Thanks for your comment. Really, for an enginner it is not easy to understand the mathematics behind the numerical schemes. But on the other side, the theorists should consider that the engineers are confronted every day with practical problems governed by the NS equation, hence they should derive and test their schemes for NS euqtion. Maybe, the DRP schemes are very good, but could you mention a paper in which the author tests his scheme for NS equation, for flow with boundary layer? Is the artificial viscosity the unique reason for the numerical diffusion? I am not sure. It seems that the theorists avoid always to touch the complexities of the NS euqtion and let the enigeers use CFD as an art. It's a pity and I am not satisfied with this situation.

X. Ye

X. Ye September 22, 1999 05:45

Re: Is CFD Science or Art ?
For theorists, CFD is science, because they treat the problems on a strict mathematical base. But for convenience, they avoid always to face the complexities of practical problems governed by the NS equations, derive and test their numerical methods for simpler cases governed by Euler euqation. Then they let the design engineers to have a grey zone to use CFD as art in treating practical problems governed by NS equation. The life is easy for the theorists but is difficult for the engineers. I think, it is the resposiblity of theorists to touch the complexities of NS equation and to invent generally available numerical methods, so that the engeneers can use CFD not as art but as science.

X. Ye

clifford bradford September 22, 1999 11:23

Re: Is CFD Science or Art ?
I'm using John's numbering system again

(1)i'd say your characterisation of the papers i was talking about as being written by 'theorists' is too general while it true that many of these persons (Tam for example) are applied mathematicians we shouldn't cast the nonengineer aspersion on them (they can't help it). you'll find that the people writing these papers are all the people you've heard about in the past as being originators of the schemes we use everyday (Roe, Jameson, van Leer, Patankar, Thompson etc).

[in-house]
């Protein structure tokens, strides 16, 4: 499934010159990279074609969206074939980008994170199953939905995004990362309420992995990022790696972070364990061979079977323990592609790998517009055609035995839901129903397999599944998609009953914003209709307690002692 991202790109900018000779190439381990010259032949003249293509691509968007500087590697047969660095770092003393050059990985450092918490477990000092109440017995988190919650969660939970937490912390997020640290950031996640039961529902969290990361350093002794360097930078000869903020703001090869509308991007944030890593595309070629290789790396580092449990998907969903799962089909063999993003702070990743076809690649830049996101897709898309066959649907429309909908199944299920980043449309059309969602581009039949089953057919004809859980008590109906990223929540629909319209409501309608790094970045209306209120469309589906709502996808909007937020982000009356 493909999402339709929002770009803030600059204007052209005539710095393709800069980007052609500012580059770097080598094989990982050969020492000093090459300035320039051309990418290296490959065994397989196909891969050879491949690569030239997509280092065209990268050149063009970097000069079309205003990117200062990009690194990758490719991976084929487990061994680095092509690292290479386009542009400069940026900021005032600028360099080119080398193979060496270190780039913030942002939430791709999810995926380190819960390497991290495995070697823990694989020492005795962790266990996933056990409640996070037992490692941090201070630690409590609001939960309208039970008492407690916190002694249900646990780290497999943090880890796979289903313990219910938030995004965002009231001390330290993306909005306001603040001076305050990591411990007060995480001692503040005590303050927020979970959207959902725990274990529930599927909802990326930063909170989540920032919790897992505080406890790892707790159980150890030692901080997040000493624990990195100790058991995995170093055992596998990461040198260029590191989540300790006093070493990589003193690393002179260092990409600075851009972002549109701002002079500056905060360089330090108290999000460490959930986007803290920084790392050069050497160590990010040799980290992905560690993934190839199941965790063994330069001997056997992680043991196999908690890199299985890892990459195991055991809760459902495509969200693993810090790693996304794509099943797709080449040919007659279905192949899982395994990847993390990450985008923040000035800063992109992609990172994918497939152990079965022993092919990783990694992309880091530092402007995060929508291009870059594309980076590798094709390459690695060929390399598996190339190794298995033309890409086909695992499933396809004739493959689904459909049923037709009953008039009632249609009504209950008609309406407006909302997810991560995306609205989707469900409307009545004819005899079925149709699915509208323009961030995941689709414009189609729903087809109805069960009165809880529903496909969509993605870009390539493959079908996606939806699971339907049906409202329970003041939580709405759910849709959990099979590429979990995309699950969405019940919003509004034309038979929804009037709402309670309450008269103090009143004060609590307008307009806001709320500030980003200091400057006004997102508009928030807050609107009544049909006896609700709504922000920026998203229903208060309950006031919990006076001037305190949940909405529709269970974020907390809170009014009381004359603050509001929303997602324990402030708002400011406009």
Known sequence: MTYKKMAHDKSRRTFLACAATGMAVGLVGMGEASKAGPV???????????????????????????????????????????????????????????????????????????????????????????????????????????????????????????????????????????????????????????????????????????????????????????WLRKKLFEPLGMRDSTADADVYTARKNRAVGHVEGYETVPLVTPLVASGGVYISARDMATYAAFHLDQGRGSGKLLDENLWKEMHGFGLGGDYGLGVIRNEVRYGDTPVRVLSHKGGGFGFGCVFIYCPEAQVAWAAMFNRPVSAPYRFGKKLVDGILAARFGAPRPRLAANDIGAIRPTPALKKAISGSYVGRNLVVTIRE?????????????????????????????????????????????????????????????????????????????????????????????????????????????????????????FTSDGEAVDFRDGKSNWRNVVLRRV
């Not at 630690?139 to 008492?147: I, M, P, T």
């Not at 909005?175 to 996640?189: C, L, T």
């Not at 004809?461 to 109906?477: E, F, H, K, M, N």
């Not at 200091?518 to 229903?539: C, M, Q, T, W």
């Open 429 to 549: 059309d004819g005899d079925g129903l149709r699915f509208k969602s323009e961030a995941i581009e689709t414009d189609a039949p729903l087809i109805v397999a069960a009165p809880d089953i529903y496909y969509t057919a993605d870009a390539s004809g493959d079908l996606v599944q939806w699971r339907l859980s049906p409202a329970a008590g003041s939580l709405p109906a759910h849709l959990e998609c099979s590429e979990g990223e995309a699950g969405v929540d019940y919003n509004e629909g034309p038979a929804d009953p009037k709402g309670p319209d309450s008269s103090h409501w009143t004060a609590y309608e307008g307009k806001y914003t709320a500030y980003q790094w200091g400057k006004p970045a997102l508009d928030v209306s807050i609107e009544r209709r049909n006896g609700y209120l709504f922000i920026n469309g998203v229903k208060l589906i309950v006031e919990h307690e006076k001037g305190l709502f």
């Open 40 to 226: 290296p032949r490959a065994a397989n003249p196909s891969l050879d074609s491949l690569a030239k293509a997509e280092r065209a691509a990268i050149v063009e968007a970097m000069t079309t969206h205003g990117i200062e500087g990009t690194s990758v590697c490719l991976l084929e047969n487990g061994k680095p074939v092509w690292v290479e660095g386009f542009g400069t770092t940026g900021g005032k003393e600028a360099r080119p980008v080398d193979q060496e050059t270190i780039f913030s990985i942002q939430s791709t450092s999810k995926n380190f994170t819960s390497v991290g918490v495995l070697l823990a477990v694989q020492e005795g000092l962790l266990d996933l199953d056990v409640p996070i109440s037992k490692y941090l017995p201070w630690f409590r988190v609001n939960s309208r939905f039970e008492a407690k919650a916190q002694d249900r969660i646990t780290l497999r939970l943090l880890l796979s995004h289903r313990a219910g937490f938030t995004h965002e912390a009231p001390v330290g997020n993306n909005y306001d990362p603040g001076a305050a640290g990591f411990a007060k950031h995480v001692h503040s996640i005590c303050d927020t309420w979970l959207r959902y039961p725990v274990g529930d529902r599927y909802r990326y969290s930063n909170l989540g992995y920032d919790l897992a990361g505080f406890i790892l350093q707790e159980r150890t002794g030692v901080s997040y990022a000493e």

(2)the mathematics used in these papers is not terribly advanced. i'm a second year master's student and for the most part the math is not beyond me. mostly your see series expansions and transforms (laplace,fourier etc) that we should be familiar with. maybe you'd not want to replicate the manipulations (why should you) but you can understand from reading them what is going on. so in general i would not say these papers are beyond the math abilities of most CFDers.

(3)in particular the DRP schemes were specially developed for solving CAA problems where the linearised euler equations or the full euler equations are used. however Tam ( J. Comp. phy. 1993) indicated that versions of them could be derived for the NS equations as well. in fact Dr. Philip Morris here at Penn State has used a DRP scheme to solve the (so called) Non linear disturbance equations which are a perturbation form of the NS eqtns. his email is nd i'm certain he can give you the relevant references.

(4) this DRP scheme is for CAA so you may not be too interested however i must say that reading theoretical journals like J. Comp Phys, or J Fluid Mech etc is good because these are where the new schemes and their derivations are presented. the quality of submissions is very high and the characteristics and motivation for the methods are clearly and explicitly laid out, unlike in the 'applied' journals where such descriptions are glossed over. Case in point: no doubt you've read Jameson, schmidt, and Turkel's famous 1981 paper on the first application of the four stage runge kutta scheme with art. vis. for the euler equations. if you read the references though you'll see that Jameson had published a paper earlier where he develops the scheme. no doubt this paper gives the in depth motivation etc for the scheme. now this scheme is probably the world's most popular for solvinf CFD problems yet most of us have not read the original development.